Remote Cash Capture: An Idea Whose Time Has Come
With the amount of cash in circulation still growing, remote cash capture is taking a bite out of the cost of cash acceptance among a growing number of merchants.
In a new report, Remote Cash Capture: An Idea Whose Time Has Come, Celent looks into the quickly growing service, which is the deployment of secure, validating currency accepting and recycling equipment (aka smart safes) at merchant locations, coupled with information reporting and provisional credit mechanisms. Such equipment has been in use for nearly 15 years in the US as a means to improve merchant cash cycle control.
Celent estimates there have been some 25,000 "smart safes" installed in the US. Among them, approximately 15,000 are installed as closed-loop systems affording provisional credit from participating banks. With the broadening of bank participation and concurrent product improvements witnessed, Celent expects continued growth of remote cash capture of between 6,000 and 10,000 safes per year through 2012.
The advent of bank-offered provisional credit based on validated currency residing at the merchant location is a relatively recent phenomenon. Its emergence has caused a surge in interest and adoption of these devices. The offering of provisional credit by participating financial institutions has significantly improved the merchant business case for remote cash capture. However, the float benefits involved are secondary. The primary benefit of provisional credit rests in its ability to enable wholesale reengineering of the cash cycle within merchants and between merchants, armored couriers and banks cash vault networks. In the process, RCC removes substantial cash handling burden historically carried by bank branch personnel, largely without the assistance of meaningful automation. In short, RCC is a win-win-win wherever the merchant business case warrants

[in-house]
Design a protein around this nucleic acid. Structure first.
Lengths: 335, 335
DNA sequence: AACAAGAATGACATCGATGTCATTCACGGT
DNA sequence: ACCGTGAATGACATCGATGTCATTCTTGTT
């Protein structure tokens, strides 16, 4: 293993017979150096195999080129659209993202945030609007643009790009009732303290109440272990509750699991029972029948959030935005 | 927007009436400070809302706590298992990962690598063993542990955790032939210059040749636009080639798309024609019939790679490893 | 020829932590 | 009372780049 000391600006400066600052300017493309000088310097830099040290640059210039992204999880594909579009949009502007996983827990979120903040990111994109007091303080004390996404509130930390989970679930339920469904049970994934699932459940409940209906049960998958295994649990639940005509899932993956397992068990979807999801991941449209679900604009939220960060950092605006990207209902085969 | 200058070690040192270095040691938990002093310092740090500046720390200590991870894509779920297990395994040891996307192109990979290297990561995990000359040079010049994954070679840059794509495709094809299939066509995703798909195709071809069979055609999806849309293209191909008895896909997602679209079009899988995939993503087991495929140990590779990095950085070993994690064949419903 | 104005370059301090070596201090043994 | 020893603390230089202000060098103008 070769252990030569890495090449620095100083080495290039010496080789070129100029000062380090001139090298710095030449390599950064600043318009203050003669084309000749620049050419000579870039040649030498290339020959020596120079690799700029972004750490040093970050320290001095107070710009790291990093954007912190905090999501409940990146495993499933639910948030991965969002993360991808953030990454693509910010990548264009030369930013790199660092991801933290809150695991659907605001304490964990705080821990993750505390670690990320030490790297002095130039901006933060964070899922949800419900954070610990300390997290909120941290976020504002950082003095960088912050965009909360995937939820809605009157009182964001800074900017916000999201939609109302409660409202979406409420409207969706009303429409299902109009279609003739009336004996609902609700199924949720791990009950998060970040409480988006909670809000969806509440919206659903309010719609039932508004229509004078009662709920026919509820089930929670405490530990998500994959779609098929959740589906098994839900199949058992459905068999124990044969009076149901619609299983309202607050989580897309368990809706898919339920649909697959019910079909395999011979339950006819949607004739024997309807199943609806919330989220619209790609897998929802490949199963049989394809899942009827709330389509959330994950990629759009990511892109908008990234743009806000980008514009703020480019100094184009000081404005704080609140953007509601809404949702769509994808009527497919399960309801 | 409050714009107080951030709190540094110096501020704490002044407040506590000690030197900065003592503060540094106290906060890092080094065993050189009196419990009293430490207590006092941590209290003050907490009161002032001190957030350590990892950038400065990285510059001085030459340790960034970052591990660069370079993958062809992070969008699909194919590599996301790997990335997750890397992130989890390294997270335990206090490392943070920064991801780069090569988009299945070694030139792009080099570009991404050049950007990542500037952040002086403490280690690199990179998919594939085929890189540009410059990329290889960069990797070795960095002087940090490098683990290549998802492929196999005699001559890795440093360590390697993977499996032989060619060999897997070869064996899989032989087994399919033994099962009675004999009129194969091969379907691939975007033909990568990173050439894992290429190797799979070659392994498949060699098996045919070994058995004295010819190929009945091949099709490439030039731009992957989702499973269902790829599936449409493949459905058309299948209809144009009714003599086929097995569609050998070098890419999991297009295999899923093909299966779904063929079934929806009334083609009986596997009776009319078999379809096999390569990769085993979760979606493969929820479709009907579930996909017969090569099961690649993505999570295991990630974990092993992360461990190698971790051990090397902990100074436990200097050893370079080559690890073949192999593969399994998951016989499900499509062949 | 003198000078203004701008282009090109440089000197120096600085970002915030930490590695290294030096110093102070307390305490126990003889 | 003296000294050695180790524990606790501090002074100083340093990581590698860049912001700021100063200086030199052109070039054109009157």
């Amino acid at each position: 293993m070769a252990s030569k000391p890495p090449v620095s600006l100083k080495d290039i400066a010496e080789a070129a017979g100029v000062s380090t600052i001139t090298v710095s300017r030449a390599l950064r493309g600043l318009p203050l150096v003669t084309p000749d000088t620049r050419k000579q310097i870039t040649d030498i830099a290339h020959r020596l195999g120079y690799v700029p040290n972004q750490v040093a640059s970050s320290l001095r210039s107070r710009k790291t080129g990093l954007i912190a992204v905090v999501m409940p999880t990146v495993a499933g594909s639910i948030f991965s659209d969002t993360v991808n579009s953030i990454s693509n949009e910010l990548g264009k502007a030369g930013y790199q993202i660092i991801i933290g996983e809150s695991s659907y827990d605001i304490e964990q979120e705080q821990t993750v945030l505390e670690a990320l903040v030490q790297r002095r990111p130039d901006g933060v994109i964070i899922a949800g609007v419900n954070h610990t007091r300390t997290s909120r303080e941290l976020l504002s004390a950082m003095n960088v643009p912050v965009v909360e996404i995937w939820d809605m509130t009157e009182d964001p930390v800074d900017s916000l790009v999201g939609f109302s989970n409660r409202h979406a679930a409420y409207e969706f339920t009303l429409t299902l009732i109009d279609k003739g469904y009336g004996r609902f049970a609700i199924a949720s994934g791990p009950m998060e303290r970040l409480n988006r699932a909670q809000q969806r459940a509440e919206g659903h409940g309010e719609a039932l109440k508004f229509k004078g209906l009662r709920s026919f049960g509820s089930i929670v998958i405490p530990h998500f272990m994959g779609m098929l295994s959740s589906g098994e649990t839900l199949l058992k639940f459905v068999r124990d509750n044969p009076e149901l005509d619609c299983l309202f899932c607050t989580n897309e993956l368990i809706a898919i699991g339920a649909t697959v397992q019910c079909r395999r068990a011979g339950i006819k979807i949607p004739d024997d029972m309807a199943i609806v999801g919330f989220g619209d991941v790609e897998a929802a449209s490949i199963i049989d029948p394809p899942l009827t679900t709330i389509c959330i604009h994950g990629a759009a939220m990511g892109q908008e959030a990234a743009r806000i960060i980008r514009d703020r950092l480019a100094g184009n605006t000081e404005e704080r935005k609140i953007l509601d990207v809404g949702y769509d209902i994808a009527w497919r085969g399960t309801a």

"RCC is innovative for the collaborative service delivery required to bring it about. Historically working in isolation, banks, safe manufacturers, and cash logistics providers are now collaborating to add considerable efficiency to what had been an antiquated and error-prone cash cycle in many businesses," says Bob Meara, senior analyst with Celent’s Banking Group and author of the report. "But RCC adoption is not setting records. Both economic and systemic barriers limit its adoption." Even so, RCC will become an important mechanism for reducing the cost of cash acceptance and downstream processing for those who participate.
The report begins with a snapshot of the current state of cash payments in the US followed by a background in relevant cash logistics both at banks and merchants. It then explores remote cash capture along with the value propositions for all parties in the value chain. The value proposition for banks is highlighted through a case study of BBVA Compass. The report then provides a solution comparison among cash logistics providers and hardware manufacturers selling direct to merchants. Finally, the report details an outlook for future adoption of remote cash capture.
This 46-page report contains 17 figures and 12 tables.
A table of contents is available online.
Members of Celent's Corporate Banking research service can download the report electronically by clicking on the icon to the left. Non-members should contact firstname.lastname@example.org for more information.